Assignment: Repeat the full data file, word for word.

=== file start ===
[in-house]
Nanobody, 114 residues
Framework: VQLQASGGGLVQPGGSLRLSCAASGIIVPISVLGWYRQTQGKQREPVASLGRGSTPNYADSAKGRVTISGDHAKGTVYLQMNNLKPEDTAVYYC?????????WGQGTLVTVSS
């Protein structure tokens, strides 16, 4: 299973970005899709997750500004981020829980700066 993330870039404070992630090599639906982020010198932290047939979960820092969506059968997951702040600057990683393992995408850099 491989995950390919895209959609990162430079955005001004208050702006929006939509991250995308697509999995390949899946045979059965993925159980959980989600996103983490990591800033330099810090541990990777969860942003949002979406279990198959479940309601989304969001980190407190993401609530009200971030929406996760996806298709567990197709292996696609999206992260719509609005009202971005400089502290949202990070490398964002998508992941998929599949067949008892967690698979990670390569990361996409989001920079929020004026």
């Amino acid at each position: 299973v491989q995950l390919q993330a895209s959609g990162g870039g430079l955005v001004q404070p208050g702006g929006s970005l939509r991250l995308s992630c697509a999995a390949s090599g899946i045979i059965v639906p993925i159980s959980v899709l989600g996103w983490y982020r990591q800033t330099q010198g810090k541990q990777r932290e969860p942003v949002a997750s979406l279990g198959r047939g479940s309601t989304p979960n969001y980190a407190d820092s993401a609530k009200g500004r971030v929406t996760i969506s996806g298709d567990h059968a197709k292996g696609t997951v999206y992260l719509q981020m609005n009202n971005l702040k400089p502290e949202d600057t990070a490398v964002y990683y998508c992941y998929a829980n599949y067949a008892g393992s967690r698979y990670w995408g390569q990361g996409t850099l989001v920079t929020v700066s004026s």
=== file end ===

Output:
[in-house]
Nanobody, 114 residues
Framework: VQLQASGGGLVQPGGSLRLSCAASGIIVPISVLGWYRQTQGKQREPVASLGRGSTPNYADSAKGRVTISGDHAKGTVYLQMNNLKPEDTAVYYC?????????WGQGTLVTVSS
């Protein structure tokens, strides 16, 4: 299973970005899709997750500004981020829980700066 993330870039404070992630090599639906982020010198932290047939979960820092969506059968997951702040600057990683393992995408850099 491989995950390919895209959609990162430079955005001004208050702006929006939509991250995308697509999995390949899946045979059965993925159980959980989600996103983490990591800033330099810090541990990777969860942003949002979406279990198959479940309601989304969001980190407190993401609530009200971030929406996760996806298709567990197709292996696609999206992260719509609005009202971005400089502290949202990070490398964002998508992941998929599949067949008892967690698979990670390569990361996409989001920079929020004026």
């Amino acid at each position: 299973v491989q995950l390919q993330a895209s959609g990162g870039g430079l955005v001004q404070p208050g702006g929006s970005l939509r991250l995308s992630c697509a999995a390949s090599g899946i045979i059965v639906p993925i159980s959980v899709l989600g996103w983490y982020r990591q800033t330099q010198g810090k541990q990777r932290e969860p942003v949002a997750s979406l279990g198959r047939g479940s309601t989304p979960n969001y980190a407190d820092s993401a609530k009200g500004r971030v929406t996760i969506s996806g298709d567990h059968a197709k292996g696609t997951v999206y992260l719509q981020m609005n009202n971005l702040k400089p502290e949202d600057t990070a490398v964002y990683y998508c992941y998929a829980n599949y067949a008892g393992s967690r698979y990670w995408g390569q990361g996409t850099l989001v920079t929020v700066s004026s």